Bridget Jones: The Edge of Reason; romantic comedy, UK / France / Germany / Ireland / USA, 2004; D: Beeban Kidron, S: Renée Zellweger, Colin Firth, Hugh Grant, Jacinda Barrett, Gemma Jones, Jim Broadbent
London. Bridget Jones enjoys her relationship with Mark Darcy, but obstacles start to get in their way: during a lawyer's dinner and quiz, she accuses him of being too snobbish and conceited. Mark manages to mend fences, but another argument erupts when it is found out that Bridget is not pregnant, yet the two differ a lot about the plans for their potential life of a child. When Bridget suspects that Mark is secretly in love with assistant Rebecca, she breaks up with Mark and accepts a job of doing a tourist TV report about Thailand, together with her ex, Daniel. However, some guy hides drugs in Bridget's suitcase, and she is thus arrested. Luckily, Mark manages to get her released. Back in London, Bridget realizes that she was too harsh on Mark and two make up and get engaged.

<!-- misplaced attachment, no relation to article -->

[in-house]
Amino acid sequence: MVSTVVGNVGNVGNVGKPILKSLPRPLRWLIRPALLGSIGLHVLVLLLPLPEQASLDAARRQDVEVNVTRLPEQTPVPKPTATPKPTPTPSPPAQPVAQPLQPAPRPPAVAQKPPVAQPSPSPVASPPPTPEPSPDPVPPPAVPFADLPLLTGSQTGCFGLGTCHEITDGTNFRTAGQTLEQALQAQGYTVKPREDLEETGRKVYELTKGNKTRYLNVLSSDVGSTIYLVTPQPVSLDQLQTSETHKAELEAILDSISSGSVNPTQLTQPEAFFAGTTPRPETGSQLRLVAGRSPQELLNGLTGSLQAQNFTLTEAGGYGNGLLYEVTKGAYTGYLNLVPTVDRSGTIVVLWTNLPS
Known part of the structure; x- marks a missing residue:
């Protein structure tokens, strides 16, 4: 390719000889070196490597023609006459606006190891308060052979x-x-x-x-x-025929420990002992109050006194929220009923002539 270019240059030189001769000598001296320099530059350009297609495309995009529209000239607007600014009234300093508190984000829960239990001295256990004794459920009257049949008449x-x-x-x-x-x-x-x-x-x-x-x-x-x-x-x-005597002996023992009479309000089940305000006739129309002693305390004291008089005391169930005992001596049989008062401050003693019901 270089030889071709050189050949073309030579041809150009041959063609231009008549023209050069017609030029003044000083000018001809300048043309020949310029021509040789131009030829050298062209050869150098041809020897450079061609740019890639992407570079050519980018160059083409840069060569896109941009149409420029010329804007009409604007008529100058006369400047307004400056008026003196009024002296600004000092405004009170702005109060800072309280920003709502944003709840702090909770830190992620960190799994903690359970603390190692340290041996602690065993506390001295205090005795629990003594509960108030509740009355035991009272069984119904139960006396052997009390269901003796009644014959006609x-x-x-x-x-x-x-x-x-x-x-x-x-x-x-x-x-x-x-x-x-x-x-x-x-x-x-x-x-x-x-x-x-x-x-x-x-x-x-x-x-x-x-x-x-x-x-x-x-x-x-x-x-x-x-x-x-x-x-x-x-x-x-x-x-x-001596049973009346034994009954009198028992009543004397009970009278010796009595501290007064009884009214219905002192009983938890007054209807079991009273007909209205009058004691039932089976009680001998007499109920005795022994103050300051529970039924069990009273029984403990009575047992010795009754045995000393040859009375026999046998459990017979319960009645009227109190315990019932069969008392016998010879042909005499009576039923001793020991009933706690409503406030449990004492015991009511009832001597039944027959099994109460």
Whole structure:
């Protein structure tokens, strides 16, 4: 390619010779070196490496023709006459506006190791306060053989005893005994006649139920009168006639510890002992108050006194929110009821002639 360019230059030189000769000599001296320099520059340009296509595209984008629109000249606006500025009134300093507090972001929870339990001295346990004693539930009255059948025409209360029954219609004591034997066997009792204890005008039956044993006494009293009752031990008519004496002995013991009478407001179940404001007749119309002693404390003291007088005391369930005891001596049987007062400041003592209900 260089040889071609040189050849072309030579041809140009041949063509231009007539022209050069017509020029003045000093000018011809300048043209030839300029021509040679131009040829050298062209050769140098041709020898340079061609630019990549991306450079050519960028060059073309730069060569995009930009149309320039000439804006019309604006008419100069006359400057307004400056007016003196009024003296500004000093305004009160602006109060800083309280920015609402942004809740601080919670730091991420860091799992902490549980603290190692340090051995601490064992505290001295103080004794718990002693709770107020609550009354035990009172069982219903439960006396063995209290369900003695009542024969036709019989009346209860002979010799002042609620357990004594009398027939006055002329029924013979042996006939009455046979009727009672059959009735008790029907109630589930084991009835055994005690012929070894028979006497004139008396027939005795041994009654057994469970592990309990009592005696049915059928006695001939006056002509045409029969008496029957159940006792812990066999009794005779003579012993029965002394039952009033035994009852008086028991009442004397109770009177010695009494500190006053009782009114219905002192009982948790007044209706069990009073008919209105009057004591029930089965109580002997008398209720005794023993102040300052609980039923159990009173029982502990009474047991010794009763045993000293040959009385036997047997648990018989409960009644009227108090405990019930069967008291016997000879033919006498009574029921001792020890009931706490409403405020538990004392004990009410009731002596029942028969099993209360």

Universally considered the be the weakest addition to the "Bridget Jones" film series by critics, part 2 is the ultimate example of a "mixed bag movie": the first half is actually good and has its moments, but once the 2nd part starts with, the Thailand travel segment, it all dissolves into a terrible mess, standing truly on the edge of reason. The only consistently good ingredient in it is another fantastic performance by Renee Zellweger, who truly achieved the role of her lifetime as Bridget Jones, even managing to keep up her sovereign and stoic attitude when confronted with utter garbage in the screenplay, such as feeling the effects from mushroom drugs or coping with a Thai prison. Still, as already noted, the first half of the movie works — truth be told, the authors copy too much tropes and ideas from the original film (Bridget falls with her butt on the camera from a parachute, similarly as she did when she fell from a firemen pole in the 1st film; she speaks sexual innuendo to Mark on the phone, not realizing she is on speakerphone and he is in the middle of a meeting, similarly as when she did when her mother was on the phone in the 1st film...), yet at least three scenes are small gems of romantic comedy: one is when Bridget enjoys just staring at Mark who is asleep in her bed, and the other is after they have an argument and she calls him on the phone from home, regretting it, but then realizes he is ringing at her doorstep ("Even though I called you an arrogant snob?" - "You see, the problematic thing is... I love you"). The endless flip-flopping between Bridget and Mark's relationship, who constantly separate over the most trivial things, seems contrived after a while, the ending looks forced whereas the constant streak of bad luck dumped on the heroine becomes annoying, yet this sequel is at least easily watchable thanks to the lovable Bridget who is always genuine and true to herself, which is rare. She is precisely so lovable because she is so imperfect. 12 years later, part 3 would improve the level of the franchise considerably.